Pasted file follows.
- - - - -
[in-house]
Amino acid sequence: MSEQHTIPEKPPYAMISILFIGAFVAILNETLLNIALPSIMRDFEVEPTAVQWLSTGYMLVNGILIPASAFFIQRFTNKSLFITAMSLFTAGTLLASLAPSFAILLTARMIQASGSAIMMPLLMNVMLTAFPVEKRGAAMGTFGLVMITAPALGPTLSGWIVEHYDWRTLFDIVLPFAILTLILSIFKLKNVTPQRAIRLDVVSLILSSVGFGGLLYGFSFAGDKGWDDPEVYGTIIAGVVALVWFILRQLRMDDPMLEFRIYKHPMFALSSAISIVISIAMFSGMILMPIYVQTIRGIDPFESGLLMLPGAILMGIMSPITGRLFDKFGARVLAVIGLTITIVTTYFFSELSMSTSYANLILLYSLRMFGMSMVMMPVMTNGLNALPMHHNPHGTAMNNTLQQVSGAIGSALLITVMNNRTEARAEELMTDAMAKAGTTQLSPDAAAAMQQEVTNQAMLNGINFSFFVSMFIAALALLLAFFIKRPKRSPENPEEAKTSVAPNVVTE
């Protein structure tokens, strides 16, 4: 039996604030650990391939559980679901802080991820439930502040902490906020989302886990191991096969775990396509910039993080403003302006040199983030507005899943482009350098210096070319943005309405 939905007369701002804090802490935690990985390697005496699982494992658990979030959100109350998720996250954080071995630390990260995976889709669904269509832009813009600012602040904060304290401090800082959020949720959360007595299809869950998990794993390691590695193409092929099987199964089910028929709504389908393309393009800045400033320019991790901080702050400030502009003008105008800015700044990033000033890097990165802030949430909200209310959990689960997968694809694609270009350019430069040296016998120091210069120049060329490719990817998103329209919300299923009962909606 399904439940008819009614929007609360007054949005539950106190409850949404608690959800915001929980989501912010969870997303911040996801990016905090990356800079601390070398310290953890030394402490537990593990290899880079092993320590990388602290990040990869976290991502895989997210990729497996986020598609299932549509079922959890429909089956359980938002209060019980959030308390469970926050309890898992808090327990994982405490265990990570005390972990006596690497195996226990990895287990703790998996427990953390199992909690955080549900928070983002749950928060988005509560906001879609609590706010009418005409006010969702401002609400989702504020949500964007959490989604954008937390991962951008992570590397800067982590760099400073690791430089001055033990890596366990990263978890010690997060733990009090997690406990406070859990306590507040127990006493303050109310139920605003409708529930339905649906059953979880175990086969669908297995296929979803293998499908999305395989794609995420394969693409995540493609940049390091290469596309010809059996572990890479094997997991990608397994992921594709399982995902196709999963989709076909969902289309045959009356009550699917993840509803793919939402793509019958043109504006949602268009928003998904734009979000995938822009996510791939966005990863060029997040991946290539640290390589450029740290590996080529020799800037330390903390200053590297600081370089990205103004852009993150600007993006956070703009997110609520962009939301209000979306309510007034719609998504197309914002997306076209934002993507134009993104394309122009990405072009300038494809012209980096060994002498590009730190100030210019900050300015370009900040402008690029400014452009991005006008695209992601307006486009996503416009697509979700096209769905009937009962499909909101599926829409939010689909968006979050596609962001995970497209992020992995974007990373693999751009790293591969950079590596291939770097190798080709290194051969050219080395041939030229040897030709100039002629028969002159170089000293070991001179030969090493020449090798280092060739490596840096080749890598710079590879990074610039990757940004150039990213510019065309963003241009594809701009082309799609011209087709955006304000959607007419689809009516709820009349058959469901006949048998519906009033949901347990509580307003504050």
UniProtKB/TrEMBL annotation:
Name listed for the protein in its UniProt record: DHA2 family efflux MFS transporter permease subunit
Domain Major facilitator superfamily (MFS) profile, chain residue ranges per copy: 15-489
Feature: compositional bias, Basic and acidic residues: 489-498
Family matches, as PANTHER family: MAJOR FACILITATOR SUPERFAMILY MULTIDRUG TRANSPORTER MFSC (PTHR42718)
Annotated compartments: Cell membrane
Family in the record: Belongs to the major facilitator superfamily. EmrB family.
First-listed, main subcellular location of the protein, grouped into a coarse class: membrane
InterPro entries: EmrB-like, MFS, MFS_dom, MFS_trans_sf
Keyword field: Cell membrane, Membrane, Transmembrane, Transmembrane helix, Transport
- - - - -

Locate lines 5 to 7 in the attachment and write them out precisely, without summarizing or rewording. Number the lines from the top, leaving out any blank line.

Name listed for the protein in its UniProt record: DHA2 family efflux MFS transporter permease subunit
Domain Major facilitator superfamily (MFS) profile, chain residue ranges per copy: 15-489
Feature: compositional bias, Basic and acidic residues: 489-498